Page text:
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APMIS. 2016 Jan-Feb;124(1-2):88-104. doi: 10.1111/apm.12487.

The role of molecular mimicry and other factors in the association of Human Endogenous Retroviruses and autoimmunity.

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Immunology Research Group, Research Institute in Healthcare Sciences, University of Wolverhampton, Wolverhampton, UK.
Royal Wolverhampton NHS Trust, New Cross Hospital, Wolverhampton, UK.


Human Endogenous Retroviruses (HERVs) have been implicated in autoimmune and other diseases. Molecular mimicry has been postulated as a potential mechanism of autoimmunity. Exogenous viruses have also been reported to be associated with the same diseases, as have genetic and environmental factors. If molecular mimicry were to be shown to be an initiating mechanism of some autoimmune diseases, then therapeutic options of blocking antibodies and peptides might be of benefit in halting diseases at the outset. Bioinformatic and molecular modelling techniques have been employed to investigate molecular mimicry and the evidence for the association of HERVs and autoimmunity is reviewed. The most convincing evidence for molecular mimicry is in rheumatoid arthritis, where HERV K-10 shares amino acid sequences with IgG1Fc, a target for rheumatoid factor. Systemic lupus erythematosus is an example of a condition associated with several autoantibodies, and several endogenous and exogenous viruses have been reported to be associated with the disease. The lack of a clear link between one virus and this condition, and the spectrum of clinical manifestations, suggests that genetic, environmental and the inflammatory response to a virus or viruses might also be major factors in the pathogenesis of lupus and other autoimmune conditions. Where there are strong associations between a virus and an autoimmune condition, such as in hepatitis C and cryoglobulinaemia, the use of bioinformatics and molecular modelling can also be utilized to help to understand the role of molecular mimicry in how HERVs might trigger disease.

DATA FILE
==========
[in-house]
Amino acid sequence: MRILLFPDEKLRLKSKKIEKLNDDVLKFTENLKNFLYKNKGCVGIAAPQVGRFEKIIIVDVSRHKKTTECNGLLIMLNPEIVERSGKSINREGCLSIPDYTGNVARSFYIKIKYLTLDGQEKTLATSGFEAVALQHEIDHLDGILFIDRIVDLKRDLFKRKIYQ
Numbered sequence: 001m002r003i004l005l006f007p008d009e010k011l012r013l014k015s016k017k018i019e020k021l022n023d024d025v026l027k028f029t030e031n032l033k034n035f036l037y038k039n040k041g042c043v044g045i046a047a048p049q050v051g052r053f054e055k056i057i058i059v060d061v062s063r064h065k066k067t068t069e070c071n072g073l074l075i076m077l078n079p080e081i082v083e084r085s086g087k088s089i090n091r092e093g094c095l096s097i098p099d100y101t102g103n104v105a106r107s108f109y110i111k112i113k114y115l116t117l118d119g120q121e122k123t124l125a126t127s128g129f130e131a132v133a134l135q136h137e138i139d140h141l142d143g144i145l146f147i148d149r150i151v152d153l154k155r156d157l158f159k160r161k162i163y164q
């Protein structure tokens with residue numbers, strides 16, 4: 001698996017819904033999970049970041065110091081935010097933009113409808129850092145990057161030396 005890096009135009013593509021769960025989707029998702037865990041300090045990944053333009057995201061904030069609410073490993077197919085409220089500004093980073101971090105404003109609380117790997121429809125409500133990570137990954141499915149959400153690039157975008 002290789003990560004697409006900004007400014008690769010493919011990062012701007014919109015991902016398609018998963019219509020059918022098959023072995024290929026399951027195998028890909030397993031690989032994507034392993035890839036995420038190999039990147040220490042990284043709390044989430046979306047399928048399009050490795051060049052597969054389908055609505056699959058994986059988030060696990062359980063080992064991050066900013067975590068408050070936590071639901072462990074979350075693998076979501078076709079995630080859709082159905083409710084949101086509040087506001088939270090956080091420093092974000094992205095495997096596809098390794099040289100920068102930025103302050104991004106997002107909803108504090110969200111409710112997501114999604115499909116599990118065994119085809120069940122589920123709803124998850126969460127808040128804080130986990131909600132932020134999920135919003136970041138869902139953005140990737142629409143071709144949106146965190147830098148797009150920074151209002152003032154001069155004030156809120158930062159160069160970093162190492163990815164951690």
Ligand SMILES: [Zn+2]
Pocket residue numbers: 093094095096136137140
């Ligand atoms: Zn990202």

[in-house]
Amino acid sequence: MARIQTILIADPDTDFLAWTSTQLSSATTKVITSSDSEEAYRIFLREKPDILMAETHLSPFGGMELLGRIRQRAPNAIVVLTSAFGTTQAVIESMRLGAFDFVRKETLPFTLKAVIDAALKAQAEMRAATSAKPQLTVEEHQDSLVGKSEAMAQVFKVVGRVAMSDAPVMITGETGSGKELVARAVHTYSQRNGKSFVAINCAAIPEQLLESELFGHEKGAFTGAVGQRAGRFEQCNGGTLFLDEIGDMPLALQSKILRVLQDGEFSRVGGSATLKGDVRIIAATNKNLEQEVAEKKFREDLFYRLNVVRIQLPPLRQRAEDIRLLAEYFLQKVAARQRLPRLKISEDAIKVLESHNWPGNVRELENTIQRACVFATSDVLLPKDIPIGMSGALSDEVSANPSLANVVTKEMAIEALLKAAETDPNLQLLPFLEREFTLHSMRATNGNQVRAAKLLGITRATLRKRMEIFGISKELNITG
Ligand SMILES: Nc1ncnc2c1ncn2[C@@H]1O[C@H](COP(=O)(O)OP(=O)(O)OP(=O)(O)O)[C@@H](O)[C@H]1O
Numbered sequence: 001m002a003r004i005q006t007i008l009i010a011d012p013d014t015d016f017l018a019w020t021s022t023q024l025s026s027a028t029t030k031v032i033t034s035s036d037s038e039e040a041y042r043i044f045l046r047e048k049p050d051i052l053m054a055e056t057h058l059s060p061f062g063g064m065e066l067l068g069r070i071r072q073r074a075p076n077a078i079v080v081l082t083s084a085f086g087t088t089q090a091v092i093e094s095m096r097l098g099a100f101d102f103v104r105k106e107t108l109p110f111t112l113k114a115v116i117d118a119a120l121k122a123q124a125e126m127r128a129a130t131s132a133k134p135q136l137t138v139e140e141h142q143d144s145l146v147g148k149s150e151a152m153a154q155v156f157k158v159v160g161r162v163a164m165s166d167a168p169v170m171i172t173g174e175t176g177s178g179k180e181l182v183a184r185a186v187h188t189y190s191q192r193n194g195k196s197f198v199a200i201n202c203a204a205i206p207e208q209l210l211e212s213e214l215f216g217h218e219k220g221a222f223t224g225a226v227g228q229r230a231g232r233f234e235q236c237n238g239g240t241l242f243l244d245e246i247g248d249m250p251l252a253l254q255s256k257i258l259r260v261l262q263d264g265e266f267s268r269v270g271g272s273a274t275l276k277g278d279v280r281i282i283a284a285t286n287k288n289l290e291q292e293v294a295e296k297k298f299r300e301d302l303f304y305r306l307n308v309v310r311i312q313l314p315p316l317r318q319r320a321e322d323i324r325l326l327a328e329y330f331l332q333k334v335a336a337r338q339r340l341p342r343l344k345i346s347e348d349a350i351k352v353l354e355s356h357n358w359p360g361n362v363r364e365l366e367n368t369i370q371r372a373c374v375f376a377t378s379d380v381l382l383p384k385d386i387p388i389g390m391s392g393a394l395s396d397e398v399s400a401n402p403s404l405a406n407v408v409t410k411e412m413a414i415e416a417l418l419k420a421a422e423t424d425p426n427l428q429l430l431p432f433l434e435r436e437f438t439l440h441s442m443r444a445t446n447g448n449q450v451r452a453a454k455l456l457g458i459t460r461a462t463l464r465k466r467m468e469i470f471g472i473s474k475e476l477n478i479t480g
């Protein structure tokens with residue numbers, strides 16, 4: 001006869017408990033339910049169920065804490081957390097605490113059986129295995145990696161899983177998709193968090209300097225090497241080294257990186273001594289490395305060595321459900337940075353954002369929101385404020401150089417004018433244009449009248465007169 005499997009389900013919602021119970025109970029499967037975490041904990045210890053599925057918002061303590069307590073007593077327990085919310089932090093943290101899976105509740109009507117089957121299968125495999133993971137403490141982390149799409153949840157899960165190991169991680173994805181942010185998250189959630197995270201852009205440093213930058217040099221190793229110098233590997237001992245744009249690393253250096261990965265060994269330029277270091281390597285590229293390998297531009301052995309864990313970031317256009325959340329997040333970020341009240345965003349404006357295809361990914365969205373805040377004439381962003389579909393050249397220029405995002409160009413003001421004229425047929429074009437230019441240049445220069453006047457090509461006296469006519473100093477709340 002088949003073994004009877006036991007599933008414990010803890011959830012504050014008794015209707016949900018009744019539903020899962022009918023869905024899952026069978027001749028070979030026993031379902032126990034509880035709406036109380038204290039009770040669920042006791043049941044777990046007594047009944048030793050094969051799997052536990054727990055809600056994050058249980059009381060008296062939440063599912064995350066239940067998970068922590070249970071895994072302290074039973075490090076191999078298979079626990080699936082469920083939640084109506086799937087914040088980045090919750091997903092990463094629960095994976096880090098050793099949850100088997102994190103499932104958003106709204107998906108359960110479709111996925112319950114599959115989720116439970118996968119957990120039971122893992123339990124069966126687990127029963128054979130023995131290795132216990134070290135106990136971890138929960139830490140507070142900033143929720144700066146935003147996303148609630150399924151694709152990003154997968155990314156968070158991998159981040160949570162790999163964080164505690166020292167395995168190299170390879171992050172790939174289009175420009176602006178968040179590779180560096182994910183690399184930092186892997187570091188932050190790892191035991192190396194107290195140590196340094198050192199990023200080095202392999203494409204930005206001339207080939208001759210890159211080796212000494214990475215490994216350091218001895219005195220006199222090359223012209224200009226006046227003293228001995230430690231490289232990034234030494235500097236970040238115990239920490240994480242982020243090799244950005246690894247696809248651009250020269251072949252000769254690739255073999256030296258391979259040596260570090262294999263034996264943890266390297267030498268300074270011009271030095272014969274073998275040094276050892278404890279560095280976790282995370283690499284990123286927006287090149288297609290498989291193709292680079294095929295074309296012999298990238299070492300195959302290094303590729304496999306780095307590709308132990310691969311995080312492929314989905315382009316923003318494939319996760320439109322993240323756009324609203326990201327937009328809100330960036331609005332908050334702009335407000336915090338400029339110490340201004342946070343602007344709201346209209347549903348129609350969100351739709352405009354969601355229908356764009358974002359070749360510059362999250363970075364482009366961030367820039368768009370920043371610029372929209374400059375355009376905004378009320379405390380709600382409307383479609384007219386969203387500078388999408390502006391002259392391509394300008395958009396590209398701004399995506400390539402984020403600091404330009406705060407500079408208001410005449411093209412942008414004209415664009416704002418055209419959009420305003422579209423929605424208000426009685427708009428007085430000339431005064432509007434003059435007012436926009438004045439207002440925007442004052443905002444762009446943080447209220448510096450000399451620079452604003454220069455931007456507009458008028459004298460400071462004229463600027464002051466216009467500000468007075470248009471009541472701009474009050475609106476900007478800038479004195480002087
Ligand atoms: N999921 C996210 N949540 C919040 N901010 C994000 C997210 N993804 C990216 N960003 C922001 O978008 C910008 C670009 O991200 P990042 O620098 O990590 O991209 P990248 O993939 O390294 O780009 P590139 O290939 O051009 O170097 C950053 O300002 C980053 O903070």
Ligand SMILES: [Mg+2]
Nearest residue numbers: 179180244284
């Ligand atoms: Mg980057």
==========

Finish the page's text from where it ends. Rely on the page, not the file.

DNA; Human Endogenous Retrovirus; bioinformatics; cryoglobulinaemia; molecular mimicry; rheumatoid arthritis; systemic lupus erythematosus

[Indexed for MEDLINE]

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